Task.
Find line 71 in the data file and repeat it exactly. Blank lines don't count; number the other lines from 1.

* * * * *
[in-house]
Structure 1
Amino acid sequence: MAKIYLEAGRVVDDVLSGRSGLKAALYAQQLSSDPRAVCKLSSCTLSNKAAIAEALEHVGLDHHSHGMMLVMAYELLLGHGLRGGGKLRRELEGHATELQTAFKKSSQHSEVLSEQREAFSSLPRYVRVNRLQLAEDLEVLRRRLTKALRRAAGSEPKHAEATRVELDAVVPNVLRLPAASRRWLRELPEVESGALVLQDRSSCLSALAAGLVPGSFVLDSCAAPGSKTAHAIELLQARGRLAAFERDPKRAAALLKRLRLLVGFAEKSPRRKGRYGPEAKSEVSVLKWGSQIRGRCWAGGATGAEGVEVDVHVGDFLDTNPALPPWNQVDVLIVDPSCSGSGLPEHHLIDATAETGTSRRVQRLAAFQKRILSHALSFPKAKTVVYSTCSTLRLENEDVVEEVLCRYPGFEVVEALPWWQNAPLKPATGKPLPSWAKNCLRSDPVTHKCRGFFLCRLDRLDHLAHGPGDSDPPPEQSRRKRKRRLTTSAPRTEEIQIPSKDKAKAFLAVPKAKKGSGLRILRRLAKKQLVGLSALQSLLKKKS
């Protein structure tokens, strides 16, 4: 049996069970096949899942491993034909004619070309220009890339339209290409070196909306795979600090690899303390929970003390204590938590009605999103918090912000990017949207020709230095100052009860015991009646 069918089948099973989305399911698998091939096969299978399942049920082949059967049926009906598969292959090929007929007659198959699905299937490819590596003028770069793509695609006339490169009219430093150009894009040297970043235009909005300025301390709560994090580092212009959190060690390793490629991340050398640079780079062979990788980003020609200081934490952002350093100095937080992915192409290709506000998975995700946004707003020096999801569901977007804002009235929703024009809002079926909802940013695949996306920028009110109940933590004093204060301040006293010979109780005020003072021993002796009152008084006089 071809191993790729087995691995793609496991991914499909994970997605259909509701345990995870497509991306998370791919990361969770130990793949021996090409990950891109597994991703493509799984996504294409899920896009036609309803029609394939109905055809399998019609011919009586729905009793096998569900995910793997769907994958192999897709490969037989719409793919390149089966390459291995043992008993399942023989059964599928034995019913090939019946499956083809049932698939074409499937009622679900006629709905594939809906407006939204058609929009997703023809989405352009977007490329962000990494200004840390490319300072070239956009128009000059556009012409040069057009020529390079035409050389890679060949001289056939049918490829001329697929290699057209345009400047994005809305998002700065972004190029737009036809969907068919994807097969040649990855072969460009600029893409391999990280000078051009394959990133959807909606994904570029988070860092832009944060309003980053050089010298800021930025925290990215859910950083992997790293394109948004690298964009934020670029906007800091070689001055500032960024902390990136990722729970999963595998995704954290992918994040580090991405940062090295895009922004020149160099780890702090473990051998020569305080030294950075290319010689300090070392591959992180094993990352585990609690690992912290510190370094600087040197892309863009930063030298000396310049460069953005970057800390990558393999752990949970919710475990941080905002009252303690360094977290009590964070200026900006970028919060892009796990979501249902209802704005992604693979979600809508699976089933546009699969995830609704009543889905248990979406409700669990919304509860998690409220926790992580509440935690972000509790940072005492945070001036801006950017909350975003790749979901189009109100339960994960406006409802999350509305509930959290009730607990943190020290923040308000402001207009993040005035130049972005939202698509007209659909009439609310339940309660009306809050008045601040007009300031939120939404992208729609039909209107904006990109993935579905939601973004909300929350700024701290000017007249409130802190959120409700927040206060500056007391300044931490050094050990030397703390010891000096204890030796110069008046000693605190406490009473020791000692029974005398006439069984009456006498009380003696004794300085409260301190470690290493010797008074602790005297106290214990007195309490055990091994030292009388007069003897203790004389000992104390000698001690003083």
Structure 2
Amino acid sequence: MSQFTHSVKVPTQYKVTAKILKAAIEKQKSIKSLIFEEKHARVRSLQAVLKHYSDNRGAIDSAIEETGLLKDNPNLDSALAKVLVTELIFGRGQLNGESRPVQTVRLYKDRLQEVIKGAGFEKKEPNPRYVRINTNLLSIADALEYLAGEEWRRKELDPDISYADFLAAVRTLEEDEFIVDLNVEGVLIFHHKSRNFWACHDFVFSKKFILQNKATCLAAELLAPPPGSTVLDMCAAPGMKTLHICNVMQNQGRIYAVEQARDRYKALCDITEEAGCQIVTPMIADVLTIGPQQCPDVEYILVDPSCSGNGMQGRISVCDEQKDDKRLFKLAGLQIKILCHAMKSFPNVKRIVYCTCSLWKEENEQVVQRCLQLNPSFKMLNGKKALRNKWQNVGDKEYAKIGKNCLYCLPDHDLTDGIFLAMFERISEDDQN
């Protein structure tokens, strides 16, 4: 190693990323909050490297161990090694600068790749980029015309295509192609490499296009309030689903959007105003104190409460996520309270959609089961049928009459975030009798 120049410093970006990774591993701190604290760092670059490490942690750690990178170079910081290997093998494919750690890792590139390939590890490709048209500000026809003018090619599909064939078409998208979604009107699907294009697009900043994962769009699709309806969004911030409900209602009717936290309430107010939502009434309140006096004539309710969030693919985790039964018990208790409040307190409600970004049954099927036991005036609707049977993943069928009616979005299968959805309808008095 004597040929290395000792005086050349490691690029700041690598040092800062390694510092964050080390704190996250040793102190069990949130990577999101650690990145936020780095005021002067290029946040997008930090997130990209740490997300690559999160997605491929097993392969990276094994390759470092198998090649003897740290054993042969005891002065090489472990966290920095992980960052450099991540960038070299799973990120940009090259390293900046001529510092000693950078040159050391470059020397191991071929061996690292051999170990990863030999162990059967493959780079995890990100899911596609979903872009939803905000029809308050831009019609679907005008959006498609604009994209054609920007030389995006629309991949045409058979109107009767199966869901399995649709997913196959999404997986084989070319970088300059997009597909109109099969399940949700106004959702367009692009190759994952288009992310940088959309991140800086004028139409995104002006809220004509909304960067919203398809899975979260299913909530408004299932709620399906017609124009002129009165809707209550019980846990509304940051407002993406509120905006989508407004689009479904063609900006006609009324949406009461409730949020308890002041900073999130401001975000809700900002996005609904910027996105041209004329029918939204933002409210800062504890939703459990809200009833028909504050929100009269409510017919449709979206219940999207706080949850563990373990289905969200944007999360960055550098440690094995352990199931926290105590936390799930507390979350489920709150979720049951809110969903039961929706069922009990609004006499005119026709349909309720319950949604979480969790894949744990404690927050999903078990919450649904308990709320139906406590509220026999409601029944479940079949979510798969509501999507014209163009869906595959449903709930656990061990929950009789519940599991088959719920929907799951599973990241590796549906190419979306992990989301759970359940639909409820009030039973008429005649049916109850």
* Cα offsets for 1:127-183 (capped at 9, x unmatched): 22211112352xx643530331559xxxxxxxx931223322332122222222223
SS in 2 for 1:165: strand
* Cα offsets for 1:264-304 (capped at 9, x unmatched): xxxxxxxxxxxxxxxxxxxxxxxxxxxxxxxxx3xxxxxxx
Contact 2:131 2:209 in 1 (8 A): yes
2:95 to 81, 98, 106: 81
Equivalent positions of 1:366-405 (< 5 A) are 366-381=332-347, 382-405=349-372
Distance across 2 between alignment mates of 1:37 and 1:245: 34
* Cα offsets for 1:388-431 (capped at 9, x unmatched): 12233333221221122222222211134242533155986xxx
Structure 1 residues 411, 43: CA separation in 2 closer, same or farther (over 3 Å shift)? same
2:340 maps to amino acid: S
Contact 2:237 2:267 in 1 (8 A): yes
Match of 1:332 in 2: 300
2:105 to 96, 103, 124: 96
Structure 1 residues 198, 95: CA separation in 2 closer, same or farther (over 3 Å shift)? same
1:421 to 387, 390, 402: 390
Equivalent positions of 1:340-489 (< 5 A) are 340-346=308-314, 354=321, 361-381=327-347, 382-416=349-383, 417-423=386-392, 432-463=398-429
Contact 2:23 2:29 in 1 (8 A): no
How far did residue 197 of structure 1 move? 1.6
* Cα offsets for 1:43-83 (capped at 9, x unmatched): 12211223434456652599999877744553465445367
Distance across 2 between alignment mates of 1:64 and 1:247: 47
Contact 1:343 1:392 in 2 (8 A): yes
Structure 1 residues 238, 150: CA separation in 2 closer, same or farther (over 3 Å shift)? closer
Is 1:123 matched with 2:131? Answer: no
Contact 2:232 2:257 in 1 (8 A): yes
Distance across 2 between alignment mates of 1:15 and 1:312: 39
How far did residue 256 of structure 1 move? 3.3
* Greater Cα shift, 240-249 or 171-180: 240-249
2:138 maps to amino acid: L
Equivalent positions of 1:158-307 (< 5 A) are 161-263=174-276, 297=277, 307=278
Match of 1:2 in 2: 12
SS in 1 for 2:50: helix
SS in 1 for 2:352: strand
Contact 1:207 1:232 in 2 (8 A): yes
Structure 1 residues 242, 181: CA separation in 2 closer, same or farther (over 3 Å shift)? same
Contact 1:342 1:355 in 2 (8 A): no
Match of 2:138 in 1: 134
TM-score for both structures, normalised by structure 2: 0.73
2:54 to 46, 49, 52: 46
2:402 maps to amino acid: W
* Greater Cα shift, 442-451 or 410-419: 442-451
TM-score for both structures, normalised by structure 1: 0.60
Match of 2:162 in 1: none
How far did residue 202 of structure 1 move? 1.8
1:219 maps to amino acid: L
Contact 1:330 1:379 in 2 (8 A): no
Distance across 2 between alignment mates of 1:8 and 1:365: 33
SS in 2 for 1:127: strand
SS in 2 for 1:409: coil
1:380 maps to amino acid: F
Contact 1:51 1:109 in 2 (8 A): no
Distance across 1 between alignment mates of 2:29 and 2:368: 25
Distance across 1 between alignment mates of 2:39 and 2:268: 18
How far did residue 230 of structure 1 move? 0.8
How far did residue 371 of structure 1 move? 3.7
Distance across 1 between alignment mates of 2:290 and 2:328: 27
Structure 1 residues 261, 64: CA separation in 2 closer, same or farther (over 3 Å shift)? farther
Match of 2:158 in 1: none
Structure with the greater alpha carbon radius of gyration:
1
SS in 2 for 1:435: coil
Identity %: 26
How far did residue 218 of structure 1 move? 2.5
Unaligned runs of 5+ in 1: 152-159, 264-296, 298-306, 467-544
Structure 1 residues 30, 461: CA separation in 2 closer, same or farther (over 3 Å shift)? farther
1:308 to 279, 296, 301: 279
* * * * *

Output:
Structure 1 residues 30, 461: CA separation in 2 closer, same or farther (over 3 Å shift)? farther